| |

How to create a custom Property Attribute

This is one of the things you think you won’t do because you’ll never need it, but creating a small tool to generate meshes to make waterfalls, made me need to display only the X value of a Vector3 in the Inspector, and the only way to do it was to create a custom Property Attribute.

The complexity of creating them depends on what you want to display in the inspector and what function you want it to do.

First of all, you must have in Assets a folder called Editor, and this is very important, because if you do not put the code in this folder, it will not work.

Once you have created the Editor folder, generate a new code file. Try to call it in the best possible way so that you know what the file does without having to open it. In my case, I’ll call it VectorXOnlyDrawer.

And then, outside the Editor folder, you can create in the folder you prefer, XOnlyAttribute class file.

And what is written above above is important, the PropertyDrawer, which uses UnityEditor, must be placed in the Editor folder, or it will not work. And the XOnlyAttribute class, will be created outside this folder, because if it is not done this way, the other classes will not see this custom Attribute.

In my case, I have a folder called Scripts, and inside it, a folder called CustomAttributes, there I create the following code for XOnlyAttribute:


using UnityEngine;

public class XOnlyAttribute : PropertyAttribute
  // Here the code that you maybe want.

In this particular case, this class is very simple and it is only for the Drawer to be shown in the inspector when you set [XOnly] as a property of a Vector3.

The name of the class is important, if you want [XOnly] to be what you have to set you have to call the class XOnlyAttribute. If you put HelloFriendAttribute, you would have to call the [HelloFriend] property in your classes. NameWhatYouWant + Attribute.

Another thing, there is another method for you to use the attribute in the class you want. You simply have to insert the class header and you will be able to use it.

public class XOnlyAttribute : PropertyAttribute { }

This method may be advisable depending on what you want that particular property for. If you are only going to use it for a specific class, it is not a bad option, but it is always good that you can reuse the code and you don’t have to copy and paste the same thing in other classes. Besides, of course, the custom property class can have a lot of content depending on your needs, so, you decide.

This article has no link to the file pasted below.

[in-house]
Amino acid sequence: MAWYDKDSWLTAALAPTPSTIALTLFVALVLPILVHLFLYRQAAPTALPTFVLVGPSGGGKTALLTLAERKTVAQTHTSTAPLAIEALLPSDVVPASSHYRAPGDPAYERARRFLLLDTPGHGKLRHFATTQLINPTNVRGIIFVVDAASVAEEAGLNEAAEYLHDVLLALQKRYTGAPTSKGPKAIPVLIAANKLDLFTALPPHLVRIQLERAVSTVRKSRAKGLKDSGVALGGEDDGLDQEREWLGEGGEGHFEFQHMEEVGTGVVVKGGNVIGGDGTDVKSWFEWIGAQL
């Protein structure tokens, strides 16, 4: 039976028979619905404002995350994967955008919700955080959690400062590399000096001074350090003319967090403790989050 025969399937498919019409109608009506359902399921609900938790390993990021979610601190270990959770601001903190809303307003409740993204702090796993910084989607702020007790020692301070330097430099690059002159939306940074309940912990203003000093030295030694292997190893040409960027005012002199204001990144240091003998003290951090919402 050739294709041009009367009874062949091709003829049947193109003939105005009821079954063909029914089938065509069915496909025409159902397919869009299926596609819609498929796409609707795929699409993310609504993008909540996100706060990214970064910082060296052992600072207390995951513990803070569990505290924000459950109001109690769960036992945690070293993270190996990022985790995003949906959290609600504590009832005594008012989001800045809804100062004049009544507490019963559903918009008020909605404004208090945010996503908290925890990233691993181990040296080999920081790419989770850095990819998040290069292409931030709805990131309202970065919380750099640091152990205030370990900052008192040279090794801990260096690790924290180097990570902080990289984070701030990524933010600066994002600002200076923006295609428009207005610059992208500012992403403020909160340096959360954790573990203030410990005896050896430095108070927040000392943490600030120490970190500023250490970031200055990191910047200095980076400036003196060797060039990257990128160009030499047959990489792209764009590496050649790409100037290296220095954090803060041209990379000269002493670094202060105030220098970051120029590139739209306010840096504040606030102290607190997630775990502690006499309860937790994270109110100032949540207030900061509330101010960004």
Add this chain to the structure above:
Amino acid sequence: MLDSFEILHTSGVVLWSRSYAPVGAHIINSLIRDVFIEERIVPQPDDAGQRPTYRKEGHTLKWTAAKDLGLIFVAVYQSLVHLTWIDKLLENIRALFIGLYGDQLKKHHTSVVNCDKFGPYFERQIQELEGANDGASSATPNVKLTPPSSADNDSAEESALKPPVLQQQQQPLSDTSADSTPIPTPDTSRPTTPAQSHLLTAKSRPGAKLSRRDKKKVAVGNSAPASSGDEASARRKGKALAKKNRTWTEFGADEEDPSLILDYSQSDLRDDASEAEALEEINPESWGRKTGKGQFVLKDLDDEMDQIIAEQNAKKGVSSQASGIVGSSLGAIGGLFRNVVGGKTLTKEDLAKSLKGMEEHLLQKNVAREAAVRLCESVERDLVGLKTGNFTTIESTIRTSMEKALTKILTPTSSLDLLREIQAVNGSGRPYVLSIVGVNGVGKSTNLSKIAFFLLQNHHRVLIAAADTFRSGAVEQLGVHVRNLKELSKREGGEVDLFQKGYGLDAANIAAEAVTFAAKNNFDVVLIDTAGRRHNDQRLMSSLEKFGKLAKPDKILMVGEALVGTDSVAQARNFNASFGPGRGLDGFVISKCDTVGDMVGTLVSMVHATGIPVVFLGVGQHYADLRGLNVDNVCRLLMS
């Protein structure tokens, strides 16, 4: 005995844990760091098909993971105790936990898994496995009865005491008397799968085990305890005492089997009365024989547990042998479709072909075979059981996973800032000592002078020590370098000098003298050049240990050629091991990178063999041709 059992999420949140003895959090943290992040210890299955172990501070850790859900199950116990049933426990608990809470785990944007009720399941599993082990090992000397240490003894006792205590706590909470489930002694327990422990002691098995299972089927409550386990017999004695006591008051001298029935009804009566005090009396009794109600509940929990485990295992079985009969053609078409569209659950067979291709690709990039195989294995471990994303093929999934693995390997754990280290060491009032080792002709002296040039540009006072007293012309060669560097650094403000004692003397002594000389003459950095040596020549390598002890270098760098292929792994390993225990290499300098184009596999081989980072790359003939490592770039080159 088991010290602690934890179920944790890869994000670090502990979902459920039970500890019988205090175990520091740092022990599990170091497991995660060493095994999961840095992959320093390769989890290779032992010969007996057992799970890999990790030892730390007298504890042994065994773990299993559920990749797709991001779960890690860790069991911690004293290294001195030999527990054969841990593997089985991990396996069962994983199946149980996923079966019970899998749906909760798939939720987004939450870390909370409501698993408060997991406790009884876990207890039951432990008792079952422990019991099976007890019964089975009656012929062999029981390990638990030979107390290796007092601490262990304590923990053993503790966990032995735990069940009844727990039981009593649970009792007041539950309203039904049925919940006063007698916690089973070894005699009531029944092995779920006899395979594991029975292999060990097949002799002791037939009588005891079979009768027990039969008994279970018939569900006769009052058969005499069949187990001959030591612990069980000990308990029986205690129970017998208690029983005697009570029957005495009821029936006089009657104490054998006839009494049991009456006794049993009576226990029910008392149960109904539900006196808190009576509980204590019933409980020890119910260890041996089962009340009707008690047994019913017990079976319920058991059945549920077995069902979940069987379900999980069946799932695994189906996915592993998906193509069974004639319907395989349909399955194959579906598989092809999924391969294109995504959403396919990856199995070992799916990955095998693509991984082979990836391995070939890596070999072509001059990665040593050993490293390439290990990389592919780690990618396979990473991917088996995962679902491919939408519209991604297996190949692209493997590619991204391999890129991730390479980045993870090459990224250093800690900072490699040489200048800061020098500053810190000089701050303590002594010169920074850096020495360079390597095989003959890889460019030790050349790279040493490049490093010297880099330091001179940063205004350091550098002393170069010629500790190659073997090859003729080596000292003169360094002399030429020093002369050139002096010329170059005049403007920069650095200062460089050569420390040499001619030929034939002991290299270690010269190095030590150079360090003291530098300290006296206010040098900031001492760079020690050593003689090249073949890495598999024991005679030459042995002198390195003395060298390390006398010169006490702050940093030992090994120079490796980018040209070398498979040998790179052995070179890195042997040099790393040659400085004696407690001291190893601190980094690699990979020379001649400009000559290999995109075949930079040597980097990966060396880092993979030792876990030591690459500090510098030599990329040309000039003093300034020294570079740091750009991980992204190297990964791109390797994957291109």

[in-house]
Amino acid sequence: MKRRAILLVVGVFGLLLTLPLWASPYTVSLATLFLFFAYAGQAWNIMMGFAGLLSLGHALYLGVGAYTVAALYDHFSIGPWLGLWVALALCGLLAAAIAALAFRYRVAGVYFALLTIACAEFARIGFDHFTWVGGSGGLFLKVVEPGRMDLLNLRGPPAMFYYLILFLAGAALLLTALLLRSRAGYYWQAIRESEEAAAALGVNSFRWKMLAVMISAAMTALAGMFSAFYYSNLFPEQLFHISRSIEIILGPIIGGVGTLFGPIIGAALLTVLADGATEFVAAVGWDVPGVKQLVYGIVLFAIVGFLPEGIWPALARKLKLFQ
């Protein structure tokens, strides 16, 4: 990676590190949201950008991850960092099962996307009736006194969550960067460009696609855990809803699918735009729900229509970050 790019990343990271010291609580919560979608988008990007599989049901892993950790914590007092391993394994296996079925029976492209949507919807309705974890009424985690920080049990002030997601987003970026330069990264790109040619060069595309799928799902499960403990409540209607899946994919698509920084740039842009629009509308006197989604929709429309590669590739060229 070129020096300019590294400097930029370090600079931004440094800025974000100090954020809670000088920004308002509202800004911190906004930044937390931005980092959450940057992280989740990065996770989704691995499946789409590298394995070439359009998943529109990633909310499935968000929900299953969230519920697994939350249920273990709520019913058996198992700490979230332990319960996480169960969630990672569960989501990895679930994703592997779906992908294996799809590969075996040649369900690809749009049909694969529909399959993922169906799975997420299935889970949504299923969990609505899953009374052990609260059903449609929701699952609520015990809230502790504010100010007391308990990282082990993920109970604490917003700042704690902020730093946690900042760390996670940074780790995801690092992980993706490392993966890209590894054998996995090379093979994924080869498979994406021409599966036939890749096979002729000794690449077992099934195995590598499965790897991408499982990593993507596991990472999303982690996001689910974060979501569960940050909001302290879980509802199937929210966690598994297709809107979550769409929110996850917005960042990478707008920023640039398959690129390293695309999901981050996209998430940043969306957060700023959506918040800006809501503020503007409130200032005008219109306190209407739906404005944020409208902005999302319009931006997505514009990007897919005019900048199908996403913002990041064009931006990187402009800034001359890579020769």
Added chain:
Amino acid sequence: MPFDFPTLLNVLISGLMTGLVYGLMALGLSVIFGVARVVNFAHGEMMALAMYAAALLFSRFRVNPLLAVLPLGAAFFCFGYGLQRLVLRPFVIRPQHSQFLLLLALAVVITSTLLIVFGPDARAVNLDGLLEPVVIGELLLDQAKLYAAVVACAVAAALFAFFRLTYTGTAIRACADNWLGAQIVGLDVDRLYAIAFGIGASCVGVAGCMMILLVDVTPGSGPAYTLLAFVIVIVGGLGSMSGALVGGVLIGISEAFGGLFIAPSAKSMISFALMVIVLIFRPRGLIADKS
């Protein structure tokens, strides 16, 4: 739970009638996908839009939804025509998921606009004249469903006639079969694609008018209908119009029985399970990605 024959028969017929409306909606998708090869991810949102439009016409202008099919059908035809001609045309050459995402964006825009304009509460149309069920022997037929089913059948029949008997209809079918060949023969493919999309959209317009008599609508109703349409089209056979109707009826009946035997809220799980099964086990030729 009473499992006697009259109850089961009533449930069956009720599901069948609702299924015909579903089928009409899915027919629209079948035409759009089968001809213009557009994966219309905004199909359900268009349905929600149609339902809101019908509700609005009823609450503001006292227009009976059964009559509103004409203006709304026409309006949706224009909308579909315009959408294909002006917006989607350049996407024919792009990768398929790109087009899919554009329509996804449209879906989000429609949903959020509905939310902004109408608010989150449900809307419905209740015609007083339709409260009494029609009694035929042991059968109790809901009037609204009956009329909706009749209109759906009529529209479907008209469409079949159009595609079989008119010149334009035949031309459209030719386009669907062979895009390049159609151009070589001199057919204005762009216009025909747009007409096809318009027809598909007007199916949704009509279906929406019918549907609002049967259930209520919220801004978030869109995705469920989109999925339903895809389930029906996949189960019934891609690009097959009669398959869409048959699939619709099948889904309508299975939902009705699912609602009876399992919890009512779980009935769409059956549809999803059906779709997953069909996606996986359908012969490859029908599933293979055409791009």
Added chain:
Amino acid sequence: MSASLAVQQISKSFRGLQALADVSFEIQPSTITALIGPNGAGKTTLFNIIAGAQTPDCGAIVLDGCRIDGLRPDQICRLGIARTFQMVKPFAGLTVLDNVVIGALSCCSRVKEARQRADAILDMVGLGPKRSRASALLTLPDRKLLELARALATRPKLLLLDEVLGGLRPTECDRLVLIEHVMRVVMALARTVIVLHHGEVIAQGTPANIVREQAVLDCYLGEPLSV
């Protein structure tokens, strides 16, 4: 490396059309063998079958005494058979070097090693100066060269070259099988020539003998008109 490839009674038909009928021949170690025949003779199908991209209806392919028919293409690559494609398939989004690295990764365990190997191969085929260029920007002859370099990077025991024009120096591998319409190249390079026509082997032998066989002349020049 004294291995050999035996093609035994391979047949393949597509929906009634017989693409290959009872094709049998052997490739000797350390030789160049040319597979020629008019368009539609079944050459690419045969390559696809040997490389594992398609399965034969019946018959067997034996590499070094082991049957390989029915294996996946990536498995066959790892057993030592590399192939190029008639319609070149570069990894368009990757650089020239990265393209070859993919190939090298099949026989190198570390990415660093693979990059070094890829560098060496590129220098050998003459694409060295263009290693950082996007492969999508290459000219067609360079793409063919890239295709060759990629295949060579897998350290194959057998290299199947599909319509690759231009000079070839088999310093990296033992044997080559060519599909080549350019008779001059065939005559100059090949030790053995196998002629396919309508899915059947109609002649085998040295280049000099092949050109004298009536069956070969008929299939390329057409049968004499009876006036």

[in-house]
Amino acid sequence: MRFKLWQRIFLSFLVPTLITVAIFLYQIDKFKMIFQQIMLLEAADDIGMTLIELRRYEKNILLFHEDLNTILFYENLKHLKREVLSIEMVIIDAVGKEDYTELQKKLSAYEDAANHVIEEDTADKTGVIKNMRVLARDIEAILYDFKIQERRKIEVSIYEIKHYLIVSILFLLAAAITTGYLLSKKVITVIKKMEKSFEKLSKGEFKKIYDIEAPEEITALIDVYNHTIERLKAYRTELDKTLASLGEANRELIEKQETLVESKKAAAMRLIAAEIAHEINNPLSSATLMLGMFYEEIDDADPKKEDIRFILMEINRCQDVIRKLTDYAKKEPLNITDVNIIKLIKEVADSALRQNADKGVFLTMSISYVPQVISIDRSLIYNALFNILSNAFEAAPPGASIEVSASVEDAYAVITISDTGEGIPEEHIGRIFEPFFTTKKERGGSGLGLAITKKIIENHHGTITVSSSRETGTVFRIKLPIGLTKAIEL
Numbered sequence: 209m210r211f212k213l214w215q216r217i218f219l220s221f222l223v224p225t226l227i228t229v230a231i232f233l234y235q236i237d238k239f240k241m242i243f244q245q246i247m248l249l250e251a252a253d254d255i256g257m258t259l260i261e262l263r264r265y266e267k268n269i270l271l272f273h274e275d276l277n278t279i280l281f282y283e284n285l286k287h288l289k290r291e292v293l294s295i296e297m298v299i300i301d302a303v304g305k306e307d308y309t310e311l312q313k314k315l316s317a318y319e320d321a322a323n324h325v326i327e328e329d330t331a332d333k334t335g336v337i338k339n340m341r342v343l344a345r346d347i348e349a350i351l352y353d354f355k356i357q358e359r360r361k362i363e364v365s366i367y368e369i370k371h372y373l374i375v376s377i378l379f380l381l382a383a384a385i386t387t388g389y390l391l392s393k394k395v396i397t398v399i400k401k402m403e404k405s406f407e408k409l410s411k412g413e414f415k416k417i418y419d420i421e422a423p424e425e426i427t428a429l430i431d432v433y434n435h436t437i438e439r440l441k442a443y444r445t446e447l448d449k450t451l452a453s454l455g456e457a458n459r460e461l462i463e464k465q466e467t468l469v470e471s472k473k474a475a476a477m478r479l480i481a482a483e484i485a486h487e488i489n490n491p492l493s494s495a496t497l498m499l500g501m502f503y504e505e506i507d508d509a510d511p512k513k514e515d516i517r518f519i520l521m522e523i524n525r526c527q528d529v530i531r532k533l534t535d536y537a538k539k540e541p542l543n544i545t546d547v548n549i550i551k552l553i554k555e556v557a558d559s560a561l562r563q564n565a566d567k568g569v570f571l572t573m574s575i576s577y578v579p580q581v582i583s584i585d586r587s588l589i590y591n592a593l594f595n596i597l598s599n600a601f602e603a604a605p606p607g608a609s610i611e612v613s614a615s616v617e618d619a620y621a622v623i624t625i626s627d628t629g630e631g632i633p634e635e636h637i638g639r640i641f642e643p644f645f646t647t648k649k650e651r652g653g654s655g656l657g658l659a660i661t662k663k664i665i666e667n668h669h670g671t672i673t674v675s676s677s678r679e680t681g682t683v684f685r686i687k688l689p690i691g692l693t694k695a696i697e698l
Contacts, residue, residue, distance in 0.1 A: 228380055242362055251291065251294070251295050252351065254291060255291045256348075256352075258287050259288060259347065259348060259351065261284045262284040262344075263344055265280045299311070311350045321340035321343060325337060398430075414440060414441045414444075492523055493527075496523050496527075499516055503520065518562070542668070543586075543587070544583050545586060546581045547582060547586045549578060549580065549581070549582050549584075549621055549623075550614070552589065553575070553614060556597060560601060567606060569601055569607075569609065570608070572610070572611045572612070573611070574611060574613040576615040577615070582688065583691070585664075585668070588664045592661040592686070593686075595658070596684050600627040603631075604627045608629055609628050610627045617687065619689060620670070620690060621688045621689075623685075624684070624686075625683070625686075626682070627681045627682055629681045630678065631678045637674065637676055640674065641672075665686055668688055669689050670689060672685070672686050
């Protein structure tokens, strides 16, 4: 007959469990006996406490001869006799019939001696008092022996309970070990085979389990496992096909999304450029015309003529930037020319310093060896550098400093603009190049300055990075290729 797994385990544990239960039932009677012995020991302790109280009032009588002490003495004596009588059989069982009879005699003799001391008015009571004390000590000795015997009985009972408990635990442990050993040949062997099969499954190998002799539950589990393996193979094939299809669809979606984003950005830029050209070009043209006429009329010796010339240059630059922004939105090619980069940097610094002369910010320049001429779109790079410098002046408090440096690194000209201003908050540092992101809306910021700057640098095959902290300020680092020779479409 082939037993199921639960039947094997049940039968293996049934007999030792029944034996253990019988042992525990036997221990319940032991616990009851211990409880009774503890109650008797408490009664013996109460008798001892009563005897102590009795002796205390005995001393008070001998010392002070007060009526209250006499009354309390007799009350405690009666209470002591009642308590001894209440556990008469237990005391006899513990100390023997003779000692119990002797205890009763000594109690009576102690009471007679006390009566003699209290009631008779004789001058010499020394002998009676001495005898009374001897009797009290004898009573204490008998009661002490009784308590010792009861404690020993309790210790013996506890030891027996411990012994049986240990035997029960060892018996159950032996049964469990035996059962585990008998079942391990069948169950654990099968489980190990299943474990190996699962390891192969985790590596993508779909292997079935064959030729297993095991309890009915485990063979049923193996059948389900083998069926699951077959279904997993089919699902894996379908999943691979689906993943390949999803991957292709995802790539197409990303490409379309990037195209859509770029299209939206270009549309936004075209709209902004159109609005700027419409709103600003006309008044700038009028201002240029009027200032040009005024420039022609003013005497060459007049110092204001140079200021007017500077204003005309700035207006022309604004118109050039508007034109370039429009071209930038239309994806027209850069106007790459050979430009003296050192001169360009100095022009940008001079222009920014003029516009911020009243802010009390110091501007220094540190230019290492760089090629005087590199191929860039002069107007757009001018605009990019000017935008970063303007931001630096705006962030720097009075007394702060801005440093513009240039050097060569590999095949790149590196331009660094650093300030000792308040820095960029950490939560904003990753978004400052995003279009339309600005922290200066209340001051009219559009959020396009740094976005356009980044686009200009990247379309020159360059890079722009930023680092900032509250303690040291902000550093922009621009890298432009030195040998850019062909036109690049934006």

Before going to the code, a brief explanation of the steps I have taken to create it:

  1. It indicates what type of PropertyDrawer it is, in this case, Vector3.
  2. When inheriting from the PropertyDrawer class, an override of the OnGUI method is made to show the elements on the screen.
  3. The label is shown and the size and position of the rectangle where the data will be shown is calculated.
  4. The SerializedProperty of the vector (x, y, z) is taken.
  5. Taking the XOnlyAttribute class, we make the X to be shown only if [XOnly] is present.
  6. And if it is not present, the three fields are shown.

When making an override of Vector3 to display it, we have to take into account that we have to make the code so that it is displayed both when the XOnly attribute is present and when it is not. If you don’t do it, nothing will be shown by the inspector, and it will give an error.

using UnityEditor;
using UnityEngine;

public class Vector3XOnlyDrawer : PropertyDrawer
  public override void OnGUI(Rect position, SerializedProperty property, GUIContent label)
    EditorGUI.BeginProperty(position, label, property);

    position = EditorGUI.PrefixLabel(position, GUIUtility.GetControlID(FocusType.Passive), label);

    // Calculate rect positions
    float labelWidth = 15f;
    float singleFieldWidth = (position.width / 3f) - labelWidth;
    Rect xRect = new Rect(position.x + labelWidth, position.y, singleFieldWidth, position.height);
    Rect yRect = new Rect(position.x + singleFieldWidth + (labelWidth * 2), position.y, singleFieldWidth, position.height);
    Rect zRect = new Rect(position.x + (2f * singleFieldWidth) + (labelWidth * 3), position.y, singleFieldWidth, position.height);

    SerializedProperty xProperty = property.FindPropertyRelative("x");
    SerializedProperty yProperty = property.FindPropertyRelative("y");
    SerializedProperty zProperty = property.FindPropertyRelative("z");

    // Draw only the X field if the XOnly attribute is present
    XOnlyAttribute xOnlyAttribute = null;
    if (fieldInfo != null)
      var attributes = fieldInfo.GetCustomAttributes(typeof(XOnlyAttribute), true);
      if (attributes.Length > 0)
        xOnlyAttribute = attributes[0] as XOnlyAttribute;

    if (xOnlyAttribute != null)
      EditorGUI.PropertyField(xRect, xProperty, GUIContent.none);
      EditorGUI.indentLevel = 0;
      EditorGUI.LabelField(new Rect(xRect.x - labelWidth,xRect.y,labelWidth,position.height),"X");
      EditorGUI.PropertyField(xRect, xProperty, GUIContent.none);
      EditorGUI.LabelField(new Rect(yRect.x - labelWidth, yRect.y, labelWidth, position.height), "Y");
      EditorGUI.PropertyField(yRect, yProperty, GUIContent.none);
      EditorGUI.LabelField(new Rect(zRect.x - labelWidth, zRect.y, labelWidth, position.height), "Z");
      EditorGUI.PropertyField(zRect, zProperty, GUIContent.none);

And so much for this simple custom property that we have created to show only the X in a Vector3. In another occasion perhaps we will make another more complex one, modifying also the class created for the Attribute. Final result:

[XOnly] public Vector3 boxSize = new Vector3(1.5f, 0.2f, 0.2f);

Similar Posts

Leave a Reply

Your email address will not be published. Required fields are marked *